Aspirin

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Aspirin

 

Aspirin is a medicine used to decrease pain, fever or swelling (inflammation). It may also help thin the blood and slow down how fast it clots.

Store brand, generic or name brand aspirin is equally good. Generic or store brands often cost less.

WARNING: Do not give aspirin to children or teenagers without checking with your child’s doctor first.

The Center for Disease Control (CDC) has found a link between the use of aspirin in children who have the flu or chickenpox and Reye's syndrome, a serious (and sometimes fatal) illness.

The symptoms of Reye's Syndrome are:

  • Vomiting (throwing up)
  • Convulsions (seizures)
  • Sleepiness

If your child has these symptoms, get medical help immediately.

How to give this medicine

  • Read the label carefully. Make sure you are giving your child the right dose that the doctor has ordered.
  • Stay with your child until he or she has swallowed the dose of medicine.
  • Ask your pharmacist, nurse or doctor before crushing any medicine.
  • Chewable tablets may be chewed, dissolved in liquid or swallowed whole.
  • Always give aspirin with food. If the stomach is empty, aspirin can cause nausea, upset stomach, vomiting or stomach bleeding.
  • If taking aspirin to prevent blood clots, take the same amount at the same time every Never stop or change the amount given without first talking to your child’s doctor or pharmacist.

 

If you forget to give a dose

If you forget to give a dose of aspirin, give it as soon as possible. If it is almost time for the next dose, do not give the missed dose at all. Do not double the next dose. Instead, go back to your regular dosing schedule. If you have any questions about this, check with your child’s doctor or pharmacist.

If a dose is vomited

Even if the medicine is vomited right after it is given, some of the medicine may still be in the stomach. Do not repeat the dose unless you can see that the whole tablet was vomited.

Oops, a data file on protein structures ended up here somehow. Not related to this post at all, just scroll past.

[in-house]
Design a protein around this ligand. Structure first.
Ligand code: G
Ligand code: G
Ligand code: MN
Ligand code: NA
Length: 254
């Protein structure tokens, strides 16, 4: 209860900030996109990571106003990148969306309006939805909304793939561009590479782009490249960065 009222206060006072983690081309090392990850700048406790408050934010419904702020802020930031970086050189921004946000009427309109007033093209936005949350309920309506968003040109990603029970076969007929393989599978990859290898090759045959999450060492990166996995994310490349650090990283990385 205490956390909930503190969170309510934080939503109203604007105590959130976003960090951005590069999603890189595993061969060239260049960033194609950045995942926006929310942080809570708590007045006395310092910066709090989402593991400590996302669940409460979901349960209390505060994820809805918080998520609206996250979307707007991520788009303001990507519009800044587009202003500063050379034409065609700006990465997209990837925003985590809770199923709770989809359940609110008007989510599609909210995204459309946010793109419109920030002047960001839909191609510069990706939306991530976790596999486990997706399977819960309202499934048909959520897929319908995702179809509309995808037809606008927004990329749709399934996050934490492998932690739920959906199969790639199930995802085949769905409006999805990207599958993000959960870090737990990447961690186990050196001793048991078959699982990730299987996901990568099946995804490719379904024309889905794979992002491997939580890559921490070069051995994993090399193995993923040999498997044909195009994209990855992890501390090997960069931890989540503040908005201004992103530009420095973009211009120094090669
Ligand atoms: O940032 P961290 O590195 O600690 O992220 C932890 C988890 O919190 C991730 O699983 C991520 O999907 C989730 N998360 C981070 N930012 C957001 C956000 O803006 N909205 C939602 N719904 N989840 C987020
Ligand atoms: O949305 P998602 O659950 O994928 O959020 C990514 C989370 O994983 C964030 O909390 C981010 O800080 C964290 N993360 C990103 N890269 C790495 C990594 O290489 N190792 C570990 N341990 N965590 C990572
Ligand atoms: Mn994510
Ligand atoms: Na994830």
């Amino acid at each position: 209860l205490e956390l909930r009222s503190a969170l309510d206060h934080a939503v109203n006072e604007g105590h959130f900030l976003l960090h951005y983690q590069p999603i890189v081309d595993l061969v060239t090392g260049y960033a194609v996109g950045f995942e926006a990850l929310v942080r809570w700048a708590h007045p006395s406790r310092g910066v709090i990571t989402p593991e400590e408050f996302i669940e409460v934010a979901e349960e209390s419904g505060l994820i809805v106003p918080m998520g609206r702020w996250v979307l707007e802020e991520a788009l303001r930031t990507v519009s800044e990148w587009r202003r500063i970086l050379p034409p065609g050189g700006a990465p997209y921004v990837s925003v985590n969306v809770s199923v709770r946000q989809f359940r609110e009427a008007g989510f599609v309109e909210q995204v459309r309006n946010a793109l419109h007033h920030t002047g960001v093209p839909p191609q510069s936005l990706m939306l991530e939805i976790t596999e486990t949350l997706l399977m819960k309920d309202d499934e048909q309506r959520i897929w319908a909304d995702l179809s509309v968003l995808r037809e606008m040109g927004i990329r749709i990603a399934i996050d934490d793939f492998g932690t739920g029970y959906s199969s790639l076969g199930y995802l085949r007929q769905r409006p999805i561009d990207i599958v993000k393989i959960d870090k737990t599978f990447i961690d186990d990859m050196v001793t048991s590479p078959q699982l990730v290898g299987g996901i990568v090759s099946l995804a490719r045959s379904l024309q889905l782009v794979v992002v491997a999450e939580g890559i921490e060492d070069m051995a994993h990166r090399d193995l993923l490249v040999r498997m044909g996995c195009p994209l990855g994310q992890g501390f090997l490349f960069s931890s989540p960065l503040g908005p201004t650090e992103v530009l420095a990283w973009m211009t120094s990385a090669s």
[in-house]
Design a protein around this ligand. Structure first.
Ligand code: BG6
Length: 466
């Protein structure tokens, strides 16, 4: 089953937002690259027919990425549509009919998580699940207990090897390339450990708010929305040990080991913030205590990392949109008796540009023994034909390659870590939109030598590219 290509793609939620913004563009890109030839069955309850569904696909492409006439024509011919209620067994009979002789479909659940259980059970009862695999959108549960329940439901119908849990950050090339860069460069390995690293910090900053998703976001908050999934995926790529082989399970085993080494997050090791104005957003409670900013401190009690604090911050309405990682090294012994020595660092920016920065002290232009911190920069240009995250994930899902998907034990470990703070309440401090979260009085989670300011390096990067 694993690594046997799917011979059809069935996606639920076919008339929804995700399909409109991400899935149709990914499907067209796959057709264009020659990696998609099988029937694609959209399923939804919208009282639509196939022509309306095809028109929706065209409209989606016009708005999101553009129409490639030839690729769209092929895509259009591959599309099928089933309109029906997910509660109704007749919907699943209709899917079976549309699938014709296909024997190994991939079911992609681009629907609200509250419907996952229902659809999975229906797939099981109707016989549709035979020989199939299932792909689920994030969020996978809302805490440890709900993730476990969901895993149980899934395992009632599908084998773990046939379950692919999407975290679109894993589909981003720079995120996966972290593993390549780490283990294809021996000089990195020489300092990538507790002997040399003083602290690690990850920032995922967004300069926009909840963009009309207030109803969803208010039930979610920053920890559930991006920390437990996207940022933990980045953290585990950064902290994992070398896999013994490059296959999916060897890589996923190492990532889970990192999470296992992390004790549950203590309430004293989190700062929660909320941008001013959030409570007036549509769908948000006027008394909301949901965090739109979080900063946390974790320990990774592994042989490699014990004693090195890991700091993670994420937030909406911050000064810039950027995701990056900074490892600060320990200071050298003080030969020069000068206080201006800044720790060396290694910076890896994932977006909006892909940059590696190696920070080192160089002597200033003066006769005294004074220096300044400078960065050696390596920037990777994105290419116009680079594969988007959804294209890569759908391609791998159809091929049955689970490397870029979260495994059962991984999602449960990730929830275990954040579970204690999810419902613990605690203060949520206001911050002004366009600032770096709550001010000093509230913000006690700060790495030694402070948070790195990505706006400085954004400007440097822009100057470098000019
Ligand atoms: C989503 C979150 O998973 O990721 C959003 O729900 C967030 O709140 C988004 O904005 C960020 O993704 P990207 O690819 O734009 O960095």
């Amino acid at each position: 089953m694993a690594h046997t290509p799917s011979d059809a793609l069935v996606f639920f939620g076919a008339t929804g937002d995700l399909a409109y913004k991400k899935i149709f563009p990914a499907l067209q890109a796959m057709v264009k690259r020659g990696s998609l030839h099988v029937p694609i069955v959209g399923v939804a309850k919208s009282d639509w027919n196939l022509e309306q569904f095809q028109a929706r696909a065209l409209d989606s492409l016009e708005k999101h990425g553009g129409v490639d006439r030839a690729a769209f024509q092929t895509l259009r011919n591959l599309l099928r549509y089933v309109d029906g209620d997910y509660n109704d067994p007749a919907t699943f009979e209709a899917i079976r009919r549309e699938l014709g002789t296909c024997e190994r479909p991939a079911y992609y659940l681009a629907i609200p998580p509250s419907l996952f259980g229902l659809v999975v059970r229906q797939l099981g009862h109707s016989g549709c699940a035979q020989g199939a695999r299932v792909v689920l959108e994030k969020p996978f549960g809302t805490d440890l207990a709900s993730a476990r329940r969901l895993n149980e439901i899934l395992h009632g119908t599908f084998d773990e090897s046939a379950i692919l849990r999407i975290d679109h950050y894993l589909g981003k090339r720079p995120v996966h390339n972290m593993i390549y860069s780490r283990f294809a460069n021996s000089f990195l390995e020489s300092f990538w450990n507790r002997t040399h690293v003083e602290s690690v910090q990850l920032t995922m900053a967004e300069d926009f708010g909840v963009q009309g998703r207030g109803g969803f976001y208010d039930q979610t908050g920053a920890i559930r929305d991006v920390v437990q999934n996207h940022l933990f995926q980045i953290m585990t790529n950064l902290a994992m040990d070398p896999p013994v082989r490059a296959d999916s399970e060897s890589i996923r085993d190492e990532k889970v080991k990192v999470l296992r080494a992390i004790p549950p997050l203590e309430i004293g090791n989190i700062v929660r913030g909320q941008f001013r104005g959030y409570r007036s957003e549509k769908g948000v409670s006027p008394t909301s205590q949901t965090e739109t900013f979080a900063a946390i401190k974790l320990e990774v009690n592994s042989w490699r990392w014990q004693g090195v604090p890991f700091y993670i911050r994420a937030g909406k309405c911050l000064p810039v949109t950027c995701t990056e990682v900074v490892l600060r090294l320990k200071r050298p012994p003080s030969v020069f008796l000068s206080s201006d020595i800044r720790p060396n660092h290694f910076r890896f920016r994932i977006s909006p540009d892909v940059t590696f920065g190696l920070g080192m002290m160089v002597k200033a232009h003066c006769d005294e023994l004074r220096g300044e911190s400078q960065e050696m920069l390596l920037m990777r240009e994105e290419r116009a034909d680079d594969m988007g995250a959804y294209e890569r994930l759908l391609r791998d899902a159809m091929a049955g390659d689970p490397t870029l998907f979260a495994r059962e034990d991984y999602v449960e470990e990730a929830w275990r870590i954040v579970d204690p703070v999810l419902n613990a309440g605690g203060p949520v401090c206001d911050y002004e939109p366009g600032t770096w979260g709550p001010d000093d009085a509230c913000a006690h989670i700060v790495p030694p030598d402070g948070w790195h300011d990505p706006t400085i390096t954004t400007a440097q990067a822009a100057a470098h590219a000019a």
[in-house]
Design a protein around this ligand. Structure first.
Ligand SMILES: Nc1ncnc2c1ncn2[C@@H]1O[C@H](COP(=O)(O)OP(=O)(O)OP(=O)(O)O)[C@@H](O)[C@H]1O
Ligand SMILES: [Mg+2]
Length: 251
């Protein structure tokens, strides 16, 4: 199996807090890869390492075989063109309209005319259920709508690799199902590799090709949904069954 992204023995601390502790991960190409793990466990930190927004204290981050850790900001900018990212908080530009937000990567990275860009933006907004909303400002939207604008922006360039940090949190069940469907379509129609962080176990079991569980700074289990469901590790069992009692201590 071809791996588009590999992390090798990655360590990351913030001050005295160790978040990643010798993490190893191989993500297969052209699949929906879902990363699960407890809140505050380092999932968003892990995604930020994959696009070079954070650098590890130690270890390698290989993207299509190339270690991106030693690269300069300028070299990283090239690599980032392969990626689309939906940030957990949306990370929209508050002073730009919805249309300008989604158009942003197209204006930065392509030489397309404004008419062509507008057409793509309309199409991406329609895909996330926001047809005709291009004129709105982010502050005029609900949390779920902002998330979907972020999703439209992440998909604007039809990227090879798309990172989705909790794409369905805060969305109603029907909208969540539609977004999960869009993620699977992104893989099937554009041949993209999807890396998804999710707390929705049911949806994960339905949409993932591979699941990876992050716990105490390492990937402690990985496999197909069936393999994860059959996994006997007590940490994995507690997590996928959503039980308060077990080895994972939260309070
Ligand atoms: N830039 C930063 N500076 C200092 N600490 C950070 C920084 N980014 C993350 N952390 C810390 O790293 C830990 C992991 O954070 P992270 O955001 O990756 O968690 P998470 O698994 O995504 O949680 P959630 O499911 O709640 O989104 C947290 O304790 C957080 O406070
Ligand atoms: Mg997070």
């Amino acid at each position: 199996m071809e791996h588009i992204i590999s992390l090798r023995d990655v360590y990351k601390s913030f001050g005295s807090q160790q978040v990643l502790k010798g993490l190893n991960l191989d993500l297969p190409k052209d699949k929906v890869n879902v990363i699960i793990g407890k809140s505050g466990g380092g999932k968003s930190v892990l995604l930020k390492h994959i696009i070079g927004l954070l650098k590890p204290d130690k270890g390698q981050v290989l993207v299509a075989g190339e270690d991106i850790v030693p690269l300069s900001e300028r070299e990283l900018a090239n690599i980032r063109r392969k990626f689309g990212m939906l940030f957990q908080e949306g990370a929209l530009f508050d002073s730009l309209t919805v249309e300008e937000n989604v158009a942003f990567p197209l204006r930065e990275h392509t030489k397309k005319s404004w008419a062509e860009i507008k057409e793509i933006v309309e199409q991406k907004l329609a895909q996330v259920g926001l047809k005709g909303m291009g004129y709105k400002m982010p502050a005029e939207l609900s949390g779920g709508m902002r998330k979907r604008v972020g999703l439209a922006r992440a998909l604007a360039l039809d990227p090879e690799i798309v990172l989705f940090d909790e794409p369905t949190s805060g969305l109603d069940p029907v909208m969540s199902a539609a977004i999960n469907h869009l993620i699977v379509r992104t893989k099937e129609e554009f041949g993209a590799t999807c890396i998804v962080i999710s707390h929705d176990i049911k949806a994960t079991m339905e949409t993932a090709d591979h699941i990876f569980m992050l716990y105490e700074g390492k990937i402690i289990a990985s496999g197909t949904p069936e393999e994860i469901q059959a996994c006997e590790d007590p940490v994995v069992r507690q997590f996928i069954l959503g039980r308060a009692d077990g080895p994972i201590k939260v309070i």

If vomiting occurs again with future doses, call your child’s doctor before you give more medicine.

Medicine storage

Store aspirin and all medicine out of the reach of children.

Do:

  • Always keep medicine in the original bottle from the pharmacy.
  • Keep the bottle tightly closed and store it in a dark, dry place (not in the bathroom or above the kitchen sink). Light and moisture make aspirin not work as well.
  • Store it at room temperature.

Do not:

  • Keep in the refrigerator.
  • Use after the expiration date printed on the label.
  • Use if you notice a vinegar-like odor when you open the bottle or the pill has changed color or looks different.
  • Flush medicine down the toilet. When the medicine is no longer needed, mix the leftover medicine with coffee grounds or kitty litter and place the mixture into a container that will not leak. Throw the container away in the trash where no one can reach it.

Drug interactions

Read the labels of all medicines, including over-the-counter drugs, carefully. If your child is taking any medicine or supplements, tell your doctor and pharmacist. Aspirin should not be taken with these medicines or products:

  • ACE-inhibitors for blood pressure (drugs that end in “pril”)
  • Blood thinners like warfarin (Coumadin®) and heparin
  • Steroids
  • Ibuprofen (Motrin®, Advil®), naproxen (Aleve®) and other NSAIDs (non-steroidal anti-inflammatory drugs)
  • Cough, cold and pain medicines taken by mouth or put on the skin that contain aspirin or NSAIDs
  • Herbal supplements with ginkgo biloba, alfalfa and anise.